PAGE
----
PokerStars’ Neil Johnson Explains Rationale Behind Tour Changes


It’s a new year and a new poker tournament. While the tournament here in The Bahamas was known as PokerStars Caribbean Adventure up until last year, now it’s the PokerStars Championship Bahamas. We talked about that change and more with PokerStars Department Head of Live Poker Operations Neil Johnson.

PokerNews: There’s a different logo on the tables.Neil Johnson: There’s also more gold-colored branding in the room.

Besides the different logo, it does feel like the same event it was last year. What has changed for you? Ironically, the change that I’m most interested in seeing actually has very little to do with the rebranding of the event. We have so many Spin & Go qualifiers and that really makes a big difference. We started it in Monaco and there really was a different vibe in the venue with all these people who had gotten in for €10 or €20.

This event, the one in The Bahamas, has always been a very reg-heavy event, probably the reg-heaviest event of the year because we get more of the US guys. But now, I’m expecting a little more of a 2007 kind of vibe here. A lot of people are going to come to this event who’ve never been here before. The weather has been gorgeous since we got here, so it looks like we’re really able to show off both Atlantis and the event.

“I think it has a minimal impact on places like Barcelona, Monaco and here in The Bahamas”

As far as the actual rebrand itself, I think it has a minimal impact on places like Barcelona, Monaco and here in The Bahamas. You’ll see a significant impact on places like Panama and Macau which haven’t done these massive festivals with big buy-ins and the heavy push of Spin & Go qualifiers.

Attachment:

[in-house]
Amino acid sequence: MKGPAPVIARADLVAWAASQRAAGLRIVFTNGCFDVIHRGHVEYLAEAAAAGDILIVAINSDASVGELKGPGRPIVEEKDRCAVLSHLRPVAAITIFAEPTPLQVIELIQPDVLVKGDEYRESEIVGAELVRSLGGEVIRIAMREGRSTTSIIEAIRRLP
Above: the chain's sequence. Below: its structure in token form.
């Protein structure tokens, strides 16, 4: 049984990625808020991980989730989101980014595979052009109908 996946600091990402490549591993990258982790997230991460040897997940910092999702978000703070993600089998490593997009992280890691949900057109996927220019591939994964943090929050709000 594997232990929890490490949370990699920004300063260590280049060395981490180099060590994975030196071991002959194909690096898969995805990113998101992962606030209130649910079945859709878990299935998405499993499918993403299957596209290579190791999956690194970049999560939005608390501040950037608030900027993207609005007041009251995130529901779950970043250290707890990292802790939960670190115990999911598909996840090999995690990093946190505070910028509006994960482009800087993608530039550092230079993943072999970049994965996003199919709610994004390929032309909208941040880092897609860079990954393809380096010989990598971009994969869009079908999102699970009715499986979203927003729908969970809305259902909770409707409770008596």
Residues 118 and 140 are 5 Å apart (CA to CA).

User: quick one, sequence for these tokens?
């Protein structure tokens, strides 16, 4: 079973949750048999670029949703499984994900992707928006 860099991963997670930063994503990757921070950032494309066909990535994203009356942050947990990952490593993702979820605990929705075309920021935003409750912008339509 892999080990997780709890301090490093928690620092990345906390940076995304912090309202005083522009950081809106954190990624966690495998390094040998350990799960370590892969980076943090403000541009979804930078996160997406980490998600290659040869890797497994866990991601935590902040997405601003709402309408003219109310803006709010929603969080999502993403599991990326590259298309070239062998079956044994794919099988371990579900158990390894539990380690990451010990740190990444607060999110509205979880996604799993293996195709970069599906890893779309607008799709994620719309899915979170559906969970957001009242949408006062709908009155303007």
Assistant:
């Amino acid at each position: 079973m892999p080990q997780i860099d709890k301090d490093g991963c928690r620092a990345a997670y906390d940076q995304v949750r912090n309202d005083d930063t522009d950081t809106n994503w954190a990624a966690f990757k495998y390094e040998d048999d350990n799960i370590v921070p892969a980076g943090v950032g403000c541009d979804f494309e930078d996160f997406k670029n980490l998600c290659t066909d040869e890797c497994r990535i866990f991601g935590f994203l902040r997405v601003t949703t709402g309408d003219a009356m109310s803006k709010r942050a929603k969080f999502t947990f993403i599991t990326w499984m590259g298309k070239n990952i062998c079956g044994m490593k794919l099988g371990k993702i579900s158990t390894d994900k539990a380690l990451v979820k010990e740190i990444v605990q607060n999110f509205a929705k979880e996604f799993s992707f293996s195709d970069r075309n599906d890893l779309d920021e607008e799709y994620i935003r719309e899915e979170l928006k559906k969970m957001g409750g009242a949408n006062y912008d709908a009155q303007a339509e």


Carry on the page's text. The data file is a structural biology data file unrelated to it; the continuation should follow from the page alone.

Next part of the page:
It’s the same, but different. It’s everything that players have come to expect from what is a PokerStars live event. All that still exists, all that’s still here. If anything, things have been simplified. The registration, structures, payouts and rake models are standardized. Before, we had differences from region to region and from venue partner to venue partner. We hope that that, for the players, everything gets a bit easier.

I’m as nostalgic as the next person. I’ve been on the tour since Season 1 so Prague was a sad time for me with the EPT saying it’s farewell. But it hasn’t really faded away. It’s the same, but different. You and I can talk about going to Copenhagen, Kiev, Loutraki and what not, but for lots of people who have jumped in from Season 10 onward, when things really started to explode, they have no idea what we’re talking about. For them, the majority of the destinations will still be there.

These standardizations you talk about are more beneficial for regular players. They’re the only ones that actually are affected by this, as they’re the only ones that go to places all over the world to play these events. PokerStars, in all other areas really, is more focusing on the recreational players. That’s actually a spot-on observation. The traveling community, or whatever way you want to refer to them — the O’Dwyers, the Ikes, the Timexes of the world — they benefit of the standardization. They now know that if I inform them on Macau having a $50,000 Super High Roller, they’ll know it’s the same as in Barcelona.

The vast majority of players that come to our events are local players. Their only concern usually is the buy-ins, and they want decent structures. But we still want to give them the same experience. And while the guy who plays the PokerStars Cup in Macau probably won’t be playing the PokerStars Cup in Barcelona, it doesn’t mean that what we learn from one event doesn’t apply to another one. If a player in Macau is happy with the structure and buy-in, one will be in Barcelona as well probably.

And with expanding the festival, we have room to experiment as well. When it was “just” an LAPT for 5 days, we didn’t have room to experiment a lot. But …

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